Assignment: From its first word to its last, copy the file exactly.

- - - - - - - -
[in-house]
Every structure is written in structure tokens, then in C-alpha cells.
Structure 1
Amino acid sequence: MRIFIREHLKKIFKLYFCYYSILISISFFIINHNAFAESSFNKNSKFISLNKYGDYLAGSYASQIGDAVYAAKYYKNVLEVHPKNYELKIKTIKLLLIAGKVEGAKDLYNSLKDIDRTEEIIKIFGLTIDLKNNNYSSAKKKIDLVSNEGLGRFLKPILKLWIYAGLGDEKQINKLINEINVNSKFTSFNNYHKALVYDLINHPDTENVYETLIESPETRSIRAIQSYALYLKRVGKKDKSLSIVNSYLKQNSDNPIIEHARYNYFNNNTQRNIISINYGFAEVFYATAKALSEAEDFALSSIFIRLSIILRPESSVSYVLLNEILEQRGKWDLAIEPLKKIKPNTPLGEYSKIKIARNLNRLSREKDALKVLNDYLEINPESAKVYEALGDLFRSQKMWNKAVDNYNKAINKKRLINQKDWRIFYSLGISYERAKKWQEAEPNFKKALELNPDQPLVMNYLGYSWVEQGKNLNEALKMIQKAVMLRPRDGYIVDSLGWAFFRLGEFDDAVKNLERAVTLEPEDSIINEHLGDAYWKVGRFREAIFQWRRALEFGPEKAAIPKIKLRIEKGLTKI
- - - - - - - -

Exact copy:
[in-house]
Every structure is written in structure tokens, then in C-alpha cells.
Structure 1
Amino acid sequence: MRIFIREHLKKIFKLYFCYYSILISISFFIINHNAFAESSFNKNSKFISLNKYGDYLAGSYASQIGDAVYAAKYYKNVLEVHPKNYELKIKTIKLLLIAGKVEGAKDLYNSLKDIDRTEEIIKIFGLTIDLKNNNYSSAKKKIDLVSNEGLGRFLKPILKLWIYAGLGDEKQINKLINEINVNSKFTSFNNYHKALVYDLINHPDTENVYETLIESPETRSIRAIQSYALYLKRVGKKDKSLSIVNSYLKQNSDNPIIEHARYNYFNNNTQRNIISINYGFAEVFYATAKALSEAEDFALSSIFIRLSIILRPESSVSYVLLNEILEQRGKWDLAIEPLKKIKPNTPLGEYSKIKIARNLNRLSREKDALKVLNDYLEINPESAKVYEALGDLFRSQKMWNKAVDNYNKAINKKRLINQKDWRIFYSLGISYERAKKWQEAEPNFKKALELNPDQPLVMNYLGYSWVEQGKNLNEALKMIQKAVMLRPRDGYIVDSLGWAFFRLGEFDDAVKNLERAVTLEPEDSIINEHLGDAYWKVGRFREAIFQWRRALEFGPEKAAIPKIKLRIEKGLTKI